Hundreds of students quarantine in suburbs due to potential COVID-19 exposure

More than 700 students in Naperville Community Unit School District 203 were quarantined last week.

The district says families can quarantine for other reasons than COVID-19 exposure, but it did say that last week there were 25 coronavirus-positive student cases and two adult cases.

At John Hersey High School in Arlington Heights, there are 13 active infections and 155 students are in a required quarantine, which means they would have had close contact with an individual who was infected, according to Dave Beery, a spokesperson for High School District 214.

Beery also described that close contact means anyone who has been within six feet, with or without a mask, for a cumulative 15 or more minutes over a 48-hour period. Beery said it appears that transmission is occurring outside of school.


FOX 32 talked to the principal at Hersey High School about where else students are being exposed.

"It’s happening in basements in sandwich shops ... these kids can’t wait to take their masks off, " Principal Gordie Sisson said. "It’s a very challenging situation."

Hersey sophomore Gabriella Laquaglia said she’s surprised by just how many students are being sent home.

"With COVID and everything, it was different already,"she said. "Like my Spanish class was full. But now half of the kids are out because they’re all quarantining."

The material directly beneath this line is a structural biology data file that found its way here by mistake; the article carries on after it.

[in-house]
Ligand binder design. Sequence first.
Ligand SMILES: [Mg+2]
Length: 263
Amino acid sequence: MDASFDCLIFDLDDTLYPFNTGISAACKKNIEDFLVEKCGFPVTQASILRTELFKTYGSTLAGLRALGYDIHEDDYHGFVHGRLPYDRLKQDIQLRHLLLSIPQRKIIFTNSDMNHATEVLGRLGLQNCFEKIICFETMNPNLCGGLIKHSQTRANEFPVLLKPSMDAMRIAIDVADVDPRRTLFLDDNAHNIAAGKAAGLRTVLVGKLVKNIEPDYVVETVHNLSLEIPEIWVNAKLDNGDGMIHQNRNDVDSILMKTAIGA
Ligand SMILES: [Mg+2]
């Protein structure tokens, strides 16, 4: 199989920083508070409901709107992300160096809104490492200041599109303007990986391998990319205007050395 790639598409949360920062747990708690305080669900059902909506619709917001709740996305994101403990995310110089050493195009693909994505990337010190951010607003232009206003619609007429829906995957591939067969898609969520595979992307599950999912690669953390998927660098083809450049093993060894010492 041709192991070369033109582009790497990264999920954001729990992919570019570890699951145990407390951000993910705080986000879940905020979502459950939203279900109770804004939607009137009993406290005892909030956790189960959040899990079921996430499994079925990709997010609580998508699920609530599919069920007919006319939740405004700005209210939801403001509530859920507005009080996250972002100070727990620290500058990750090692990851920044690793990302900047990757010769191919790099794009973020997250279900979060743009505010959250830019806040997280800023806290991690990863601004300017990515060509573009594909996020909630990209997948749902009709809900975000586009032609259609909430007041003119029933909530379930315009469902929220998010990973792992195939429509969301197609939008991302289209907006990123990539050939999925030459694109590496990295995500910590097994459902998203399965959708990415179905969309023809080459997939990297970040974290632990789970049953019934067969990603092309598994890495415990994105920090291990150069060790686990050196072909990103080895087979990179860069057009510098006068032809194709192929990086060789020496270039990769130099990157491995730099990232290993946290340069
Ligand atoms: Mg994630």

She said it’s nerve-racking when some students don’t wear their masks correctly.

Sisson says the school is probably the safest place to avoid exposure, adding that the quarantines are out of an abundance of caution.

Roughly 300 students are in quarantine at Oswego East High School, prompting District 308 to pause in-person learning through May 1 after 15 cases were confirmed.

Still, state health officials say COVID-19 cases throughout the suburbs and state are declining.

"We really need to stay safe because right now we don't have a pediatric vaccine approved yet, " said Dr. Taylor Heald-Sargent, Assistant Professor at Lurie Children's Hospital, "Over 16 we do have an option, but that leaves out a lot of the population."

Dr. Heald-Sargent also said it's important for people who have been vaccinated to keep wearing their masks to protect the population and so that it sets a good example for kids and teenagers who can be easily influenced by others.

For parents with concerns about the spread of coronavirus and sports, Dr. Heald-Sargent says certain sports are higher risk or lower risk, but as much as you can wear the mask, the better.